Holiday islands like the Canaries might be added to travel green list

The government could relax travel restrictions for holiday islands like those in Greece and the Canaries, even if the country they are part of is still on the amber list.

It means that trips away could be back on, despite the government saying that people should not be going to amber list countries unless they have an essential reason.

Transport Secretary Grant Shapps gave the indication today, confirming that islands would be considered separately when travel rules are updated.

The approach means that popular holiday hotspots such as the Canaries and the Balearics could potentially be moved to the green list of travel destinations.

But Mr Shapps told BBC Radio 4’s Today programme that no decisions had yet been made.

‘There’s a difference between the “in principle”, the way we want to make this work, and the actual data and what the Joint Biosecurity Centre (JBC) are going to come forward to us with. That information I haven’t seen as yet,’ he said.

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The JBC looked at issues including the level of coronavirus, vaccination data and the ability to sequence the genome to discover variants.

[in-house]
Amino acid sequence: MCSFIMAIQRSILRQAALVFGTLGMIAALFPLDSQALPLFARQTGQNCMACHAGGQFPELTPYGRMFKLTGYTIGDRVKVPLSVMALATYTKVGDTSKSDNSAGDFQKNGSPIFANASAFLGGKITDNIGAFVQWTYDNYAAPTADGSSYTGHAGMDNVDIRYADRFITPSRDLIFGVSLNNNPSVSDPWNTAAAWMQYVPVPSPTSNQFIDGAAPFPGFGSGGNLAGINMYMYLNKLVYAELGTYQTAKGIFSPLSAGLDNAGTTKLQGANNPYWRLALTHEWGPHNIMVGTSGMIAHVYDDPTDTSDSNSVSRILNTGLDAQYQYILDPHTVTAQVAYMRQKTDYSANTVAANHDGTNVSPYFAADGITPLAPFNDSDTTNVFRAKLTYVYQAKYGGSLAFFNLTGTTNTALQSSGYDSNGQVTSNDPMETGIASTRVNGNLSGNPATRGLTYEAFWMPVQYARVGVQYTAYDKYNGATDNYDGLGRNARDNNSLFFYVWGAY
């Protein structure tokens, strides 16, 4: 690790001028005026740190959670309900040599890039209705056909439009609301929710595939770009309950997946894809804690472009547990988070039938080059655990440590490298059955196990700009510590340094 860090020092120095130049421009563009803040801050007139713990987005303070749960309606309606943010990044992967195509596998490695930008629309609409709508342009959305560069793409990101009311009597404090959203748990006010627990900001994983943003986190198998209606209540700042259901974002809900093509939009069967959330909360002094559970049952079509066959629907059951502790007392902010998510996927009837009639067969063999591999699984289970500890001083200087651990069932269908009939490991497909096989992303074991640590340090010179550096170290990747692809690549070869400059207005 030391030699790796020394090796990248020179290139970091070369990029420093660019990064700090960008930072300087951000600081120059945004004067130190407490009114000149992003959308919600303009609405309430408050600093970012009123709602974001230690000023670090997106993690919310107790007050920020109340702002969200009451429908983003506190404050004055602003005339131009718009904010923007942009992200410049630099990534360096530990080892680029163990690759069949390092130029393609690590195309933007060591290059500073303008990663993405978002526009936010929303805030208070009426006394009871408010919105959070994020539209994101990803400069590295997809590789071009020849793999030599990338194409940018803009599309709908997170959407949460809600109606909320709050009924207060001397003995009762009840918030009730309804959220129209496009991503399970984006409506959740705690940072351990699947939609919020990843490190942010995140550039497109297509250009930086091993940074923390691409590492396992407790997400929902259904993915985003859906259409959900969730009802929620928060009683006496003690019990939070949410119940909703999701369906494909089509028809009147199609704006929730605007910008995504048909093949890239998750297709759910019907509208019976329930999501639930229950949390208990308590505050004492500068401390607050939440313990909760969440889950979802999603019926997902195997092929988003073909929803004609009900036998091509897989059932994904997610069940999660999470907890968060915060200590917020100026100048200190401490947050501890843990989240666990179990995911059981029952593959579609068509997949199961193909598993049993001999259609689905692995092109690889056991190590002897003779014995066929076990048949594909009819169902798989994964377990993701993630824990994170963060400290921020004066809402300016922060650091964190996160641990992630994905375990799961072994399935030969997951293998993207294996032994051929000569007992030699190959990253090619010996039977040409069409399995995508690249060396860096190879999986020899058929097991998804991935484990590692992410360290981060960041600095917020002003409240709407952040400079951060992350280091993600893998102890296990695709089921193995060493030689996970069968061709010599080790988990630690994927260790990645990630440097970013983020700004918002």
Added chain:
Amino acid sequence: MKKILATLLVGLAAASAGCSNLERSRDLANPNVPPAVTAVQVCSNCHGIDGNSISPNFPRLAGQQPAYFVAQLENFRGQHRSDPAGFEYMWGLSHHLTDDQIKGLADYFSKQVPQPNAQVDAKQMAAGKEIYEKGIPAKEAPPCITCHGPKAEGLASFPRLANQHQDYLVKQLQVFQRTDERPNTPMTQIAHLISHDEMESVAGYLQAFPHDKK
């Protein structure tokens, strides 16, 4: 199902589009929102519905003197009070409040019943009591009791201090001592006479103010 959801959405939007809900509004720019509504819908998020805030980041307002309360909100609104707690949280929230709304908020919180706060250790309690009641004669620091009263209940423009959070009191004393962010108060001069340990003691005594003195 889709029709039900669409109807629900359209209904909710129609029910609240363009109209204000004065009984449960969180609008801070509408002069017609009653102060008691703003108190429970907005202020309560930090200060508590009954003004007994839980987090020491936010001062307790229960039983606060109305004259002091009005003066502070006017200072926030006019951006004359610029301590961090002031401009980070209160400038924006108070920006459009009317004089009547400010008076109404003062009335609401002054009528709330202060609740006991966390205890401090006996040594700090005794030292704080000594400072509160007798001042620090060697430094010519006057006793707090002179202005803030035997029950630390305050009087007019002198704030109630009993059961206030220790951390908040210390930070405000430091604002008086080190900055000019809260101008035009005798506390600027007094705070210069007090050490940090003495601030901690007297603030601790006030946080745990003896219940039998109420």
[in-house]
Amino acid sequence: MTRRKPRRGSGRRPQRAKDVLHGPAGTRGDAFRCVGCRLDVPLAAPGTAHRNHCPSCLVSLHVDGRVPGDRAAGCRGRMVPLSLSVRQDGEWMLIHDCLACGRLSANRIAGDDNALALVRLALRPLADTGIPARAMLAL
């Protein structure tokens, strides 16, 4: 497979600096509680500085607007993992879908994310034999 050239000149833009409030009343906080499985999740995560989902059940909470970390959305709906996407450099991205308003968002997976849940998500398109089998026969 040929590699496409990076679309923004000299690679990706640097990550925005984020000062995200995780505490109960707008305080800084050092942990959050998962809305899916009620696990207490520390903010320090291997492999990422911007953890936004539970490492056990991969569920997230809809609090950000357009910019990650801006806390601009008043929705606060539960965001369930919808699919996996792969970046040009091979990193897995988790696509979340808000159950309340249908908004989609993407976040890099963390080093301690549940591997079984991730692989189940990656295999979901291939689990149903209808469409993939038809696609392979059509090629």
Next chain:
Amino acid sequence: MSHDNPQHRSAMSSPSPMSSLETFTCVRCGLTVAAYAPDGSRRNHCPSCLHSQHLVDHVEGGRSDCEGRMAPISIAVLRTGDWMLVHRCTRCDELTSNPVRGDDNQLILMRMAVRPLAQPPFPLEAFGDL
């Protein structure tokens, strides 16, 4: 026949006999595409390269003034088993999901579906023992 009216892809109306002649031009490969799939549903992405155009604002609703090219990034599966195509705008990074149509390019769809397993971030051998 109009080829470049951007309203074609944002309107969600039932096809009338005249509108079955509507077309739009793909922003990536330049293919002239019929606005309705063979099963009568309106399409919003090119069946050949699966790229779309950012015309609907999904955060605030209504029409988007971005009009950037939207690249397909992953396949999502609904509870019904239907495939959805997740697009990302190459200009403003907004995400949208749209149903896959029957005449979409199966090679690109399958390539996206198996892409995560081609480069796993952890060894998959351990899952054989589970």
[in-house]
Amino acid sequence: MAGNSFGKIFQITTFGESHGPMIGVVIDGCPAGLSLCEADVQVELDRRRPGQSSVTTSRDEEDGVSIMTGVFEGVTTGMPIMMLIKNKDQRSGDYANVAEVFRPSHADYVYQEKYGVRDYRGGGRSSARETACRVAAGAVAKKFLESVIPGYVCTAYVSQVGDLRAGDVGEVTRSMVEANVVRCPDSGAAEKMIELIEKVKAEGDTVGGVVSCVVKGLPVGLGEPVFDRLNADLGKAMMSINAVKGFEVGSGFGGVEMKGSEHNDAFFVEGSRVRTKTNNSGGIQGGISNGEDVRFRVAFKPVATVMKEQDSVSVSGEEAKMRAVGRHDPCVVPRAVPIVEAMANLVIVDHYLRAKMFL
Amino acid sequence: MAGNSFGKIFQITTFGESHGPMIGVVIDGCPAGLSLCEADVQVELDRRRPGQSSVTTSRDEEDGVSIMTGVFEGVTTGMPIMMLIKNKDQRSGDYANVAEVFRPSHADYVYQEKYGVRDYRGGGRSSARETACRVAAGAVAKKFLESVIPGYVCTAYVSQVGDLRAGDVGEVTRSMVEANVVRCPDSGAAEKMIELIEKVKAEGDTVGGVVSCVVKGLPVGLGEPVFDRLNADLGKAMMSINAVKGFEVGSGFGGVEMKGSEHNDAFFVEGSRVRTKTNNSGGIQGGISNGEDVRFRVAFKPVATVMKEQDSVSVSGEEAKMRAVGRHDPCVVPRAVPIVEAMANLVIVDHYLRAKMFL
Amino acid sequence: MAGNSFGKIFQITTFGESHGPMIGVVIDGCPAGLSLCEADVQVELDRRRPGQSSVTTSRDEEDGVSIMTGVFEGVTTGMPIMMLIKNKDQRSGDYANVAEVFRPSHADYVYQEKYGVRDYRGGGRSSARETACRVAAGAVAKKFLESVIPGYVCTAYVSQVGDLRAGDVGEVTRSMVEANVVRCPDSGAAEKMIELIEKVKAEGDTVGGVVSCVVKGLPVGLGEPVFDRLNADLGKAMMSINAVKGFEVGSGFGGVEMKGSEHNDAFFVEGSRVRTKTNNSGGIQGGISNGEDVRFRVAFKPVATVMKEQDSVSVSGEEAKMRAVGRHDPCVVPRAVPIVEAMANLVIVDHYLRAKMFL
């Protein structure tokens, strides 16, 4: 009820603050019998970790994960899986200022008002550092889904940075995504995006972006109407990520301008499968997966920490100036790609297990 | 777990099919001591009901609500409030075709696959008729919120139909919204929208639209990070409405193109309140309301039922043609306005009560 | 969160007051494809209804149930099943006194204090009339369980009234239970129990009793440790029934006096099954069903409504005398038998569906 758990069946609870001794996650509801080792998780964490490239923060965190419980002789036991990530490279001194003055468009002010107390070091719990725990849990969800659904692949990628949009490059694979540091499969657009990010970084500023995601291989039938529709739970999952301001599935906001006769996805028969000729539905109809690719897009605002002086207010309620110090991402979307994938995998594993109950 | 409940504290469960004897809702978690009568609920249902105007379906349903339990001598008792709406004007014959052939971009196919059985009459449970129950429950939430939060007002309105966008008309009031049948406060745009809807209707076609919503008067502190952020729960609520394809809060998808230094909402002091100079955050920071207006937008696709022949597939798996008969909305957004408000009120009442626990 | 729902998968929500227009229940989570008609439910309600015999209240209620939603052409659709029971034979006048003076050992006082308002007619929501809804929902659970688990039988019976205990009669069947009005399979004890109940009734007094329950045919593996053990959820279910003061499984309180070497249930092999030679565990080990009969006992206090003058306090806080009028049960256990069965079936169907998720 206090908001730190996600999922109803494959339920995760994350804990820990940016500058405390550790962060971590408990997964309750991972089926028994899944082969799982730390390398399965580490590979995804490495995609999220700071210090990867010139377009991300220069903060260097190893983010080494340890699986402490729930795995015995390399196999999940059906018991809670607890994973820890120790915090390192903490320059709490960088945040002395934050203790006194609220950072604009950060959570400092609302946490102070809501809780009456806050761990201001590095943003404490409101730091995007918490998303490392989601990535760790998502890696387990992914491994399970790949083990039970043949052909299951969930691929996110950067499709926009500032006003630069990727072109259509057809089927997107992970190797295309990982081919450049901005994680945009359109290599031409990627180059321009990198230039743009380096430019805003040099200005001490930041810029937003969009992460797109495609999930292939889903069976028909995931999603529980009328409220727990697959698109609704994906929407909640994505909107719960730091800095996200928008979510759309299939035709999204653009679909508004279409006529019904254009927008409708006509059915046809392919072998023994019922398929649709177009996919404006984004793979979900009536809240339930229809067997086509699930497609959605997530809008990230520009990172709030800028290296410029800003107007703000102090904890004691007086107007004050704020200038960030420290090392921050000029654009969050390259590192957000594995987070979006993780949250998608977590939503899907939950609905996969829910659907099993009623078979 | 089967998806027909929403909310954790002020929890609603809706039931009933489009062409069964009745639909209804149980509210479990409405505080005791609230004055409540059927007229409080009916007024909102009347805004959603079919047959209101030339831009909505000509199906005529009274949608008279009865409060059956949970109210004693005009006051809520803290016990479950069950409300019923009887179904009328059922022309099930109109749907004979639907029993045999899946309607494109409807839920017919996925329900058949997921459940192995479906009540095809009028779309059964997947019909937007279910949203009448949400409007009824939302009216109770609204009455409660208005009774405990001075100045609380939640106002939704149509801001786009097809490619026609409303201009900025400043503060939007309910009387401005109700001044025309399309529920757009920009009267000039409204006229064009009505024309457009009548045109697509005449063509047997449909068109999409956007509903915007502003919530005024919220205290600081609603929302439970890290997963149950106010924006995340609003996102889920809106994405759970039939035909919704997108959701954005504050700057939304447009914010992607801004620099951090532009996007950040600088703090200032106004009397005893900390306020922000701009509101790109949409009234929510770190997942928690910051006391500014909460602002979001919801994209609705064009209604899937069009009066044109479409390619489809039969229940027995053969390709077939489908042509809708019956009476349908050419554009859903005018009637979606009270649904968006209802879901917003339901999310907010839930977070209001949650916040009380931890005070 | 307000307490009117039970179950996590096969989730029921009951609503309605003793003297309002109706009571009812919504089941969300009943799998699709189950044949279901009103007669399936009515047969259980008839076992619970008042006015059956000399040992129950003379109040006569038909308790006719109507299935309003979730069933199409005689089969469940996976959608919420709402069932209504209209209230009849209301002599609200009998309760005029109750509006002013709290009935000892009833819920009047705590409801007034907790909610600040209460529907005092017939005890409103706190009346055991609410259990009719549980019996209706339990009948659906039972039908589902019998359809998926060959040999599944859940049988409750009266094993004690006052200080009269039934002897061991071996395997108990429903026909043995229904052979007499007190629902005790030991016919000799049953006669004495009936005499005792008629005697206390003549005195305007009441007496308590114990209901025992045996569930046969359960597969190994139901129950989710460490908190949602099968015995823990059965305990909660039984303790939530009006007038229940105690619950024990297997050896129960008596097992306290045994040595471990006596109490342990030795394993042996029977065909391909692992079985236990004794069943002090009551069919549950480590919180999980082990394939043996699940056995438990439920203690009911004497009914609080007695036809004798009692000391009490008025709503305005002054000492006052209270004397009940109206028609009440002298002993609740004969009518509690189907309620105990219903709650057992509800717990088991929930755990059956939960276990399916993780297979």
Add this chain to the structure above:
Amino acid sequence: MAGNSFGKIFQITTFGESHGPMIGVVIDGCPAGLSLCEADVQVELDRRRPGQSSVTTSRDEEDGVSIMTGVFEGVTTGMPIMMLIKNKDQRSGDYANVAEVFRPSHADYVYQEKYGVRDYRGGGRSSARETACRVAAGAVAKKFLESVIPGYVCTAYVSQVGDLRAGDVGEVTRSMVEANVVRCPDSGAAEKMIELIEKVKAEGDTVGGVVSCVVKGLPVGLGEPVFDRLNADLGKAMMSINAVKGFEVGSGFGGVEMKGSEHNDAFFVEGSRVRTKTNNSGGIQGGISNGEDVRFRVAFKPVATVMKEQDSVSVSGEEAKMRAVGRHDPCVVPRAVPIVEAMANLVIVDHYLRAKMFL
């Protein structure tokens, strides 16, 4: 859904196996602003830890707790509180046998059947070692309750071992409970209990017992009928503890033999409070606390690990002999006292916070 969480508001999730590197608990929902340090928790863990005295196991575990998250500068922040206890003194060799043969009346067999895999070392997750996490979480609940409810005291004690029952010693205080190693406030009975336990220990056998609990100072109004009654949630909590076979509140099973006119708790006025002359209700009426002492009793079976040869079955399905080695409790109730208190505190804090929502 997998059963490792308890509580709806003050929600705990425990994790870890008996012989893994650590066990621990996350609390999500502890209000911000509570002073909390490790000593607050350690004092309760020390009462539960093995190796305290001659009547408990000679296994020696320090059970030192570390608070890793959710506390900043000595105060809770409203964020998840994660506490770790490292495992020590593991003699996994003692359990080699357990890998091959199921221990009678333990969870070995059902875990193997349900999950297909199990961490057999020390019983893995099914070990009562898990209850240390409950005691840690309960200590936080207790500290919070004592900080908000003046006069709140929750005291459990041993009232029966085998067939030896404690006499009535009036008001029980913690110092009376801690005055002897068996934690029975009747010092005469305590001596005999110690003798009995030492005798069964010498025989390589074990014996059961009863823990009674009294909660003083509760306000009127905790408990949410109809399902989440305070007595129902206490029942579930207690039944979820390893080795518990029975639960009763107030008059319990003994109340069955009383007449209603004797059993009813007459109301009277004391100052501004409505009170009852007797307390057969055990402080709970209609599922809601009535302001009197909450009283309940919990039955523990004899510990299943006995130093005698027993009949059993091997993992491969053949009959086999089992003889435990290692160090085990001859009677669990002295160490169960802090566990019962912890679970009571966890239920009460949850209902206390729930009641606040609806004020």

‘Sometimes that facility can be a problem in smaller locations,’ Mr Shapps said.

At the moment, the traffic light system grades countries on an overall basis, and does not consider individual regions separately.

However, sepate Foreign Office travel advice does look at different areas within each country.

This means that while it advises against all but essential travel to most amber list countries, it does not say this for some destinations including the Canary Islands.

Travel company Tui has therefore not cancelled holidays to these areas, even though Spain overall is on the amber list.

International leisure travel from England was allowed to resume from May 17, but only 12 countries were put on a green list where people don’t have to quarantine when they return.

The list will be updated every three weeks, with Covid infection rates, vaccination progress and the presence of new variants among factors determining where a country is placed.

It is due to be updated next on June 7.

Health Secretary Matt Hancock has said: ‘The official government advice is very clear that people should not travel to amber or red list countries or territories. People should not travel to amber list countries for a holiday.

‘If it isn’t on the green list, then unless you have an exceptional reason you shouldn’t be travelling there.’

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